Can Nike and Wal-Mart save the Amazon?

An ambitious commitment by some of the world's largest companies not to buy beef or leather products from the Brazilian Amazon may falter if a strong monitoring system isn't put in place.

A recent decision by a group of multinational companies that include Nike, Adidas, and Timberland to boycott beef and leather products from the Brazilian Amazon -- the largest cattle-ranching area in the world -- might sound like a good way to reduce deforestation.

"These companies are ... telling their suppliers they expect to see zero deforestation or they will stop buying from them," says Tatiana Carvalho, an Amazon campaigner at Greenpeace, one of the moratorium's main coordinators. "That is a big step forward."

The shoemakers and the Brazilian subsidiaries of supermarkets Wal-Mart and Carrefour agreed that as of June 22, they would not purchase beef or leather from suppliers who cut down rainforest trees to open up new cattle pasture.

But without a strict monitoring and labeling system, the moratorium on beef products from the Brazilian Amazon could amount to little more than a publicity stunt, environmentalists warn. Brazil's beef producers' association has dismissed the moratorium as "meaningless."

A tracking system that clarifies where beef or leather has been produced is not yet in place, making it difficult for producers to know whether a steak or a piece of shoe leather came from deep in the Amazon or from grazing lands in the south of the country. When the European Union looked at farms' traceability procedures last year, it approved beef exports from only 1,376 of the country's estimated 5,000,000 cattle farms.

Leather is more problematic, since it is sold on the open commodities market and is even harder to trace.

Reassuring consumers

"[The moratorium] shows the industry is concerned and wants to assure the consumer that it is doing its part. But the criteria are difficult to implement, and, in the end, may be shown to have been ineffective," says Peter May, an assistant director at Friends of the Earth Brazil. "But for the time being, it may reassure consumers."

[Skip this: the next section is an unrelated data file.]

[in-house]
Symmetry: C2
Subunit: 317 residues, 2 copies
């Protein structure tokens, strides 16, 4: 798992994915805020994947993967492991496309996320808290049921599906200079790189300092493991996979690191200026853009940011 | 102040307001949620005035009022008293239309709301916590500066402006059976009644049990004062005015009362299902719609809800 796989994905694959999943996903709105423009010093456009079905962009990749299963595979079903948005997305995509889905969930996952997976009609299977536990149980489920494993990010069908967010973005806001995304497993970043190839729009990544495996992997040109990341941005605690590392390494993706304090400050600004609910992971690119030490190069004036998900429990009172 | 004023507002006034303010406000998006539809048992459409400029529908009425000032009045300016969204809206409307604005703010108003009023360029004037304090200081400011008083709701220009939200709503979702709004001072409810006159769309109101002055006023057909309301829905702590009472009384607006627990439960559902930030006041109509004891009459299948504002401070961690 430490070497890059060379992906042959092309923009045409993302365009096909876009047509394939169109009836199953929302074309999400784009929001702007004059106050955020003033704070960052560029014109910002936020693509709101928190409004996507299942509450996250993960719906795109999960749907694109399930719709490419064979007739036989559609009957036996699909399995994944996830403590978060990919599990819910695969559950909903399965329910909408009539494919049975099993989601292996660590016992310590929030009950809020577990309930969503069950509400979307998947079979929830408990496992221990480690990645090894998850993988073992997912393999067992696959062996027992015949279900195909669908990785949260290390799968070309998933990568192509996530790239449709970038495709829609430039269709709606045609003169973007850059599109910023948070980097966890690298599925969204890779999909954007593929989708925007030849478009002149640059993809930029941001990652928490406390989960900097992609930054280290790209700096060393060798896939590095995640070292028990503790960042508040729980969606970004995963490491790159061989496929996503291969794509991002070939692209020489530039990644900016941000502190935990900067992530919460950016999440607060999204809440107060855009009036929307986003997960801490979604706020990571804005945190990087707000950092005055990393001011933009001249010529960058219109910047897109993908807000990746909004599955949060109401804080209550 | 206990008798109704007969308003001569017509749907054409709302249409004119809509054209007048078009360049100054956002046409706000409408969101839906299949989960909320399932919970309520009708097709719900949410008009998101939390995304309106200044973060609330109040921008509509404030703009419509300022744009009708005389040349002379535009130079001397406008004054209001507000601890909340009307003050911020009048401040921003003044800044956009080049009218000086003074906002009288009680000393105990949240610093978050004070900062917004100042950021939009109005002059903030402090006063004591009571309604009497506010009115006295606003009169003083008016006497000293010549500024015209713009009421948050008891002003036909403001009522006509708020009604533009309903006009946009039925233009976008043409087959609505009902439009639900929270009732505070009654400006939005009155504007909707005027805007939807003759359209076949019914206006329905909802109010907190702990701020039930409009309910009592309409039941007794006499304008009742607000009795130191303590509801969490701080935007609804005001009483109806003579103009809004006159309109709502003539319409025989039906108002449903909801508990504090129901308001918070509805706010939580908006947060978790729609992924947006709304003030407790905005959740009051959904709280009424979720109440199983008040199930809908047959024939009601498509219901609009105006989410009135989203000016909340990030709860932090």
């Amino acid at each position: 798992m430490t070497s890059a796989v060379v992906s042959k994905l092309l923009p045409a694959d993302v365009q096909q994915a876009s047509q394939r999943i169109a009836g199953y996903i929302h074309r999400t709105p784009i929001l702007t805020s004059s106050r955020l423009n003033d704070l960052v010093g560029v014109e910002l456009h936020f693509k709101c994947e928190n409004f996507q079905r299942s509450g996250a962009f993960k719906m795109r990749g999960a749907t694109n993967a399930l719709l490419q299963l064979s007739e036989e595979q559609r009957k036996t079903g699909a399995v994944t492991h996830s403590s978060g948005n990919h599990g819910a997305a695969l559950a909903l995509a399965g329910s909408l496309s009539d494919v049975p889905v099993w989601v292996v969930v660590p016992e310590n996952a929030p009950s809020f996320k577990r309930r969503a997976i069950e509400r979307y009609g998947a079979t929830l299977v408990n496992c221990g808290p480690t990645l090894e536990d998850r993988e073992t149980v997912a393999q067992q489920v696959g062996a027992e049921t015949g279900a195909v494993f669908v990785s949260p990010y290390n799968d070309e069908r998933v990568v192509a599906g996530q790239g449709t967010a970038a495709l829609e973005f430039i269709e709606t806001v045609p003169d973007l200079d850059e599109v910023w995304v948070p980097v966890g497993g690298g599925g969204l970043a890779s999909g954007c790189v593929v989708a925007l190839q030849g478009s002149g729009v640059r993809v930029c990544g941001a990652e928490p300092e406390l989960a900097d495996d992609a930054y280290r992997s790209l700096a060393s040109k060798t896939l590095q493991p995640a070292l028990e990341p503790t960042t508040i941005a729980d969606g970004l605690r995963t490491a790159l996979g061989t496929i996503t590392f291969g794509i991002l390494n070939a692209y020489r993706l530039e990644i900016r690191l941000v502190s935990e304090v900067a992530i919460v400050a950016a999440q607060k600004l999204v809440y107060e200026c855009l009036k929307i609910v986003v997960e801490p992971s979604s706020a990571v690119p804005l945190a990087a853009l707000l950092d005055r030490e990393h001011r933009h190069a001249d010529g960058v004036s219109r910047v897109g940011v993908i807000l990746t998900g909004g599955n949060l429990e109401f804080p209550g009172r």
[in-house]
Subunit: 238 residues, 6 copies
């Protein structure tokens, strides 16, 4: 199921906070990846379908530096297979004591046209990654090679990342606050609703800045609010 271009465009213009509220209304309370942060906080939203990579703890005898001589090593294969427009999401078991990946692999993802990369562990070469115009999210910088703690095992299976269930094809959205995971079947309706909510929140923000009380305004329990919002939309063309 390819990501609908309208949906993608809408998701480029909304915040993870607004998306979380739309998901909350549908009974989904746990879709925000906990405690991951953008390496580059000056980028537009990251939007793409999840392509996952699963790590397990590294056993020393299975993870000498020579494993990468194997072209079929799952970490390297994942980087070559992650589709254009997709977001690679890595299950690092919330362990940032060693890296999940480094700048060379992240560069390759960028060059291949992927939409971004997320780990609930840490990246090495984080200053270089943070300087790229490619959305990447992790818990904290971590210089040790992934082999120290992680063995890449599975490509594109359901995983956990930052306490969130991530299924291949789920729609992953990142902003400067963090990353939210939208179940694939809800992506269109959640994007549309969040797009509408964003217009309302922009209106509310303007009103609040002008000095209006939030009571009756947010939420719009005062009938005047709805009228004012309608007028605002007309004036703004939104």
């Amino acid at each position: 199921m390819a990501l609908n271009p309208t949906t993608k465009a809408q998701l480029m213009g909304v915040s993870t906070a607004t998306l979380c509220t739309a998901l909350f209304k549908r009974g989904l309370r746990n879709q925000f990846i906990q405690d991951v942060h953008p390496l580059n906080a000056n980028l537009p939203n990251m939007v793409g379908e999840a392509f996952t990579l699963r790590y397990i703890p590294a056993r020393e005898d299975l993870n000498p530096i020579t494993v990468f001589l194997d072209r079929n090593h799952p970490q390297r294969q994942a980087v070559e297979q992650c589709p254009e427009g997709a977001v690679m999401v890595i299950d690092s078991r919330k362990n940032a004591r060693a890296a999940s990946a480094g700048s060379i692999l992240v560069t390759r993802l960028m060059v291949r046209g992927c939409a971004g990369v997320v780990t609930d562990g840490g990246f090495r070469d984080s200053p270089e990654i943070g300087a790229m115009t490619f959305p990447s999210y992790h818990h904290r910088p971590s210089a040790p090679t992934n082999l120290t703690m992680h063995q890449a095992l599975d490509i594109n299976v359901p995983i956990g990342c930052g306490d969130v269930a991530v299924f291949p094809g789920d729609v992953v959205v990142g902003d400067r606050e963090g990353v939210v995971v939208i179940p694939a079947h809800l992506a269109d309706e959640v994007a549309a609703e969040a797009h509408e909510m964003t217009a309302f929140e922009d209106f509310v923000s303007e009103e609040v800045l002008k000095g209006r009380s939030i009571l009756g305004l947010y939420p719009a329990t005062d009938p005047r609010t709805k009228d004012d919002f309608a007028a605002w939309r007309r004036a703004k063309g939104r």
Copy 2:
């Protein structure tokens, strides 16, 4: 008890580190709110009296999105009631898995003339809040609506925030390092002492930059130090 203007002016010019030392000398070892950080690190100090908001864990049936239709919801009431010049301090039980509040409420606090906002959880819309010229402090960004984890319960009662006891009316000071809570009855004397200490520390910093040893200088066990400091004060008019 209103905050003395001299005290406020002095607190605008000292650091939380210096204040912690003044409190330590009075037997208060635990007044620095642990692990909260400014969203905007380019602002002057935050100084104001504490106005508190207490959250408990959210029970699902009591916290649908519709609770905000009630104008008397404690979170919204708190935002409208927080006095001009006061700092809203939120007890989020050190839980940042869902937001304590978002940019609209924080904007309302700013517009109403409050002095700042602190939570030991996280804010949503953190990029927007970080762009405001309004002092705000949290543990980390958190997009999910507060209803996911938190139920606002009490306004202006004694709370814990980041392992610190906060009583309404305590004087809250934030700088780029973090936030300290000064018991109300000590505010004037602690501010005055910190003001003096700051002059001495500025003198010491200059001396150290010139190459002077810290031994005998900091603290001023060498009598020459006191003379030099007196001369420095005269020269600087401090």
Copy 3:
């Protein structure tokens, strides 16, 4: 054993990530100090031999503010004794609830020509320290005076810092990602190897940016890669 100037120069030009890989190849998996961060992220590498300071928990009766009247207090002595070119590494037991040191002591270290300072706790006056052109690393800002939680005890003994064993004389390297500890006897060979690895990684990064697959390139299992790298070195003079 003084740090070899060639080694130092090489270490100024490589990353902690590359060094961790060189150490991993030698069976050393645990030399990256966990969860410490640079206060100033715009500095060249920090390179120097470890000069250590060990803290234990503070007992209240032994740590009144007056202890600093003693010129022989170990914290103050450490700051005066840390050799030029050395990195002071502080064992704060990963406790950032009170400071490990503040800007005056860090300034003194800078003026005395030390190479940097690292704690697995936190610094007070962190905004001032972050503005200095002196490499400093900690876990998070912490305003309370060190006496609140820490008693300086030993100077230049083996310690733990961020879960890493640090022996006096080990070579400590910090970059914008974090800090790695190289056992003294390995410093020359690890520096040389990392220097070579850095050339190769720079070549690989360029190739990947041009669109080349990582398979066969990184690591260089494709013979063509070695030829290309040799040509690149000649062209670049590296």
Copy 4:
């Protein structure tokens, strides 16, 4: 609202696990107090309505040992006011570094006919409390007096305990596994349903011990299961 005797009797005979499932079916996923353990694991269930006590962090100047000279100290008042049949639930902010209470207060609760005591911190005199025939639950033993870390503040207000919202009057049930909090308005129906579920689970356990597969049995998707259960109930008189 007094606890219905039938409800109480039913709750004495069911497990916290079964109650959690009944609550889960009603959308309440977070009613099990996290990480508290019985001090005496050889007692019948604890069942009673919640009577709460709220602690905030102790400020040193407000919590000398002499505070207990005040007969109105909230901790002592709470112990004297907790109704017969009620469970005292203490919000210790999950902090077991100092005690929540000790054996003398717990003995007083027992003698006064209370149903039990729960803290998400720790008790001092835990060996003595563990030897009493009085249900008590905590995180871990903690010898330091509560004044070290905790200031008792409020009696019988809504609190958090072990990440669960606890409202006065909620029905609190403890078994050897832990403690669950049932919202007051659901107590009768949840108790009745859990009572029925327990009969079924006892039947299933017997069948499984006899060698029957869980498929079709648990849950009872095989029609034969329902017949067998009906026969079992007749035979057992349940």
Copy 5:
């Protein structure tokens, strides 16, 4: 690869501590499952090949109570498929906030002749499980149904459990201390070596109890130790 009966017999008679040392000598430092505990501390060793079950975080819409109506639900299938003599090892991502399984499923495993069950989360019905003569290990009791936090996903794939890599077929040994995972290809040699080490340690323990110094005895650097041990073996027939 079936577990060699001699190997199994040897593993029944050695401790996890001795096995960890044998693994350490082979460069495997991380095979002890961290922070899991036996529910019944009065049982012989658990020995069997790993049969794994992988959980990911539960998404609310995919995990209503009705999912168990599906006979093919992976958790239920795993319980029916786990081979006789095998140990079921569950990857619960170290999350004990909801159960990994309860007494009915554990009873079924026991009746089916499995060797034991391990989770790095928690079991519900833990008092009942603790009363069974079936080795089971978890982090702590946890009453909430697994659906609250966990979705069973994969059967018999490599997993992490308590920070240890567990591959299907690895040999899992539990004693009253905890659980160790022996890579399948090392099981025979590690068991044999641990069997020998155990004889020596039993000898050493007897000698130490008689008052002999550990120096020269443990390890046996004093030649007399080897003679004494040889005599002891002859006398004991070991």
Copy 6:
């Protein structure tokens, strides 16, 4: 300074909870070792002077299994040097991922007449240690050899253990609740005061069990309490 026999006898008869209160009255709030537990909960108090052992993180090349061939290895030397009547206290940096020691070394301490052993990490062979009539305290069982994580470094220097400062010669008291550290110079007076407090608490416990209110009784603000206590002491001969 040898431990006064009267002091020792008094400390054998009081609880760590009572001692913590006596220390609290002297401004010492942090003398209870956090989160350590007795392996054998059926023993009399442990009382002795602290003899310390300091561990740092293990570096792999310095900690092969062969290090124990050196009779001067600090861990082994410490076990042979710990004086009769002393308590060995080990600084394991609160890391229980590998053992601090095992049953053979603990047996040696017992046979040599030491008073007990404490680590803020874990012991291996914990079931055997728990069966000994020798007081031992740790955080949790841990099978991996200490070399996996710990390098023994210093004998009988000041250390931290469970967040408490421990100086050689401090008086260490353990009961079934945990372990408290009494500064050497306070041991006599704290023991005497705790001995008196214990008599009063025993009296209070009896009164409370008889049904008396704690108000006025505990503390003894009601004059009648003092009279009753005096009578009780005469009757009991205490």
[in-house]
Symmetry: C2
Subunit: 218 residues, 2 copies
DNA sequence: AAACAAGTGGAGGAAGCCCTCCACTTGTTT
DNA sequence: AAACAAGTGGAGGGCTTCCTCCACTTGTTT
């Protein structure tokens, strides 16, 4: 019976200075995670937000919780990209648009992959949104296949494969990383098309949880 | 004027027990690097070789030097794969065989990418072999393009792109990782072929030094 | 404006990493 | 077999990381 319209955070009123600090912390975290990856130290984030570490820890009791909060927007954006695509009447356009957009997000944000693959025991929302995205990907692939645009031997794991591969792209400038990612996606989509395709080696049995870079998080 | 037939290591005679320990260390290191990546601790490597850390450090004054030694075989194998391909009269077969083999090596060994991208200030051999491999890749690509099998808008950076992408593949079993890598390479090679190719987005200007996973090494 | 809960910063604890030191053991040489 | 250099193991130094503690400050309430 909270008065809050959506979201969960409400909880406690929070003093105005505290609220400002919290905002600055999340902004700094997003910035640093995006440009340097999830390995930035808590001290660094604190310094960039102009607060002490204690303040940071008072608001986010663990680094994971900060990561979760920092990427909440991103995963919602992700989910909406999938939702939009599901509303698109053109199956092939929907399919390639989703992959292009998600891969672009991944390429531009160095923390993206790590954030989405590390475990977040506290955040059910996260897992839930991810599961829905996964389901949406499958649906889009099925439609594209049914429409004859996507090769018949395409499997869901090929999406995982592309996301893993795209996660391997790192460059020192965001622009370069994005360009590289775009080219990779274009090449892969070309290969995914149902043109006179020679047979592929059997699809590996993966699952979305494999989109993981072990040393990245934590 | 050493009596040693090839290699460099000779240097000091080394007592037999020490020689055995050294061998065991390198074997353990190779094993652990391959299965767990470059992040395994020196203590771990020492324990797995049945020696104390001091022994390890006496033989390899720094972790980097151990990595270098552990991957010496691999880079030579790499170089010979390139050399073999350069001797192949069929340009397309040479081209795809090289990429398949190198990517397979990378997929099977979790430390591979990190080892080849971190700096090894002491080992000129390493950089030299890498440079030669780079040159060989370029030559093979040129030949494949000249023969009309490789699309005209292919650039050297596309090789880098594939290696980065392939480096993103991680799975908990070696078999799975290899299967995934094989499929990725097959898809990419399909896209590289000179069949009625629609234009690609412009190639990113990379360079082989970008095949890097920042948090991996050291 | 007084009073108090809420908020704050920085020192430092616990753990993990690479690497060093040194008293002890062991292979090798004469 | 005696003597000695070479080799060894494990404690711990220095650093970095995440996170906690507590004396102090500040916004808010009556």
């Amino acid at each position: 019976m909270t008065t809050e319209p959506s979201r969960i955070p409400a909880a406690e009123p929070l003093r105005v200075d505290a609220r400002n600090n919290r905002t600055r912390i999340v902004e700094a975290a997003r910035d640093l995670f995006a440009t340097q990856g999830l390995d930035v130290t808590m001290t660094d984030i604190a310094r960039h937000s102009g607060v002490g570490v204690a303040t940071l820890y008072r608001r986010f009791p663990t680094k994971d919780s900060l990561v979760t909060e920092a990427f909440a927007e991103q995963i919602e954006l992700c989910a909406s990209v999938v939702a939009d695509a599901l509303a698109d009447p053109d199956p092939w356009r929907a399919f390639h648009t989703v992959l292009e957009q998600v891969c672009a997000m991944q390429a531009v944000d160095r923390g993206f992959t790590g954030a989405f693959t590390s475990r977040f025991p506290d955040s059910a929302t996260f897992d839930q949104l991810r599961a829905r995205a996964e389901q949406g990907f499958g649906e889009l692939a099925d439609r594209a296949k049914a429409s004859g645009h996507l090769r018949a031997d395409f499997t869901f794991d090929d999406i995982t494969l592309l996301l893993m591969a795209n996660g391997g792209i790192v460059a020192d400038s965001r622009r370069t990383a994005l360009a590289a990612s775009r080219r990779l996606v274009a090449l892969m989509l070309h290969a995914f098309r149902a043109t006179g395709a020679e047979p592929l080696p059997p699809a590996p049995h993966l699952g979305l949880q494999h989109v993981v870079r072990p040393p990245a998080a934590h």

Some of the companies that have signed on acknowledge that they don't yet have enough information to guarantee they're not using products from the Amazon. Shoemakers Nike and Clarks both said they would give suppliers until 2010 to put full traceability procedures in place.

Many of the companies were prompted by a June report from Greenpeace that named and shamed supermarkets, shoe manufacturers, automakers, and other blue-chip companies whose "blind consumption of raw materials fuels deforestation and climate change."

They were also encouraged by a similar, albeit more limited, moratorium on soybeans that stopped traders from buying beans from recently deforested areas in the Amazon. The moratorium was judged a success and was extended for a fourth consecutive year in July.

Rainforest stampede

But beef is where real environmental gains can be made, since very little soy is grown in the Amazon. For years, cattle farmers have been selling their most productive pastures in the south to soybean and sugar-cane producers and using the cash to buy cheaper land in the Amazon, which is deforested and populated with cattle.

That practice, spurred by surging global demand for beef as incomes in countries such as India and China have risen, has led to a stampede into the rainforest.

Three of every 4 new additions to Brazil's cattle herd between 2003 and 2008 came in the Amazon, according to a 2008 Friends of the Earth report. The beef industry is one of the main drivers of deforestation and one of the world's main sources of greenhouse gases. Brazil boasts around 200 million cattle and is the world's biggest beef exporter.

Under Brazilian law, Amazonian farmers may clear just 20 percent of their land and must keep the rest as natural forest. But the law is rarely enforced. Today, around 17 percent of the Brazilian Amazon's original tree cover is gone.

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